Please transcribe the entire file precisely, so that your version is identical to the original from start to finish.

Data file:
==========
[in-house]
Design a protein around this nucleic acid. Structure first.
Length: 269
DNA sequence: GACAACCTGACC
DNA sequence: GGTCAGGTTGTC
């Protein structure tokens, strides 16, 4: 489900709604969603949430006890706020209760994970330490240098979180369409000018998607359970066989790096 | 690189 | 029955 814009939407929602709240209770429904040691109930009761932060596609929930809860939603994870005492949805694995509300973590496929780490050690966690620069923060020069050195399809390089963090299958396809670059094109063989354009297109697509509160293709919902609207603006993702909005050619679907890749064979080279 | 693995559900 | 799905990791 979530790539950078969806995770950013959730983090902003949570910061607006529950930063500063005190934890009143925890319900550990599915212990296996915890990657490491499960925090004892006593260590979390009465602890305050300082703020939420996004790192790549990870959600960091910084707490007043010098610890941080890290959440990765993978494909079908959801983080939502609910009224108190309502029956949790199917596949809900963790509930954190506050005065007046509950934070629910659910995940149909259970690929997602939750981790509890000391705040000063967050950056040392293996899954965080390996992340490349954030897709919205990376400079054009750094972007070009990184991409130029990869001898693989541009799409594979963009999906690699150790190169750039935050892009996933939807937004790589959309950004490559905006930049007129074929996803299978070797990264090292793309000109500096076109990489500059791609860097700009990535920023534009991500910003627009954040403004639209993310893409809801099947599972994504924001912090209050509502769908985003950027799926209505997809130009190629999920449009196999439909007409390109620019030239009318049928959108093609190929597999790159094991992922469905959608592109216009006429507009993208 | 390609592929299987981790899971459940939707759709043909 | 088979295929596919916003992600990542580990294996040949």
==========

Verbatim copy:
[in-house]
Design a protein around this nucleic acid. Structure first.
Length: 269
DNA sequence: GACAACCTGACC
DNA sequence: GGTCAGGTTGTC
């Protein structure tokens, strides 16, 4: 489900709604969603949430006890706020209760994970330490240098979180369409000018998607359970066989790096 | 690189 | 029955 814009939407929602709240209770429904040691109930009761932060596609929930809860939603994870005492949805694995509300973590496929780490050690966690620069923060020069050195399809390089963090299958396809670059094109063989354009297109697509509160293709919902609207603006993702909005050619679907890749064979080279 | 693995559900 | 799905990791 979530790539950078969806995770950013959730983090902003949570910061607006529950930063500063005190934890009143925890319900550990599915212990296996915890990657490491499960925090004892006593260590979390009465602890305050300082703020939420996004790192790549990870959600960091910084707490007043010098610890941080890290959440990765993978494909079908959801983080939502609910009224108190309502029956949790199917596949809900963790509930954190506050005065007046509950934070629910659910995940149909259970690929997602939750981790509890000391705040000063967050950056040392293996899954965080390996992340490349954030897709919205990376400079054009750094972007070009990184991409130029990869001898693989541009799409594979963009999906690699150790190169750039935050892009996933939807937004790589959309950004490559905006930049007129074929996803299978070797990264090292793309000109500096076109990489500059791609860097700009990535920023534009991500910003627009954040403004639209993310893409809801099947599972994504924001912090209050509502769908985003950027799926209505997809130009190629999920449009196999439909007409390109620019030239009318049928959108093609190929597999790159094991992922469905959608592109216009006429507009993208 | 390609592929299987981790899971459940939707759709043909 | 088979295929596919916003992600990542580990294996040949």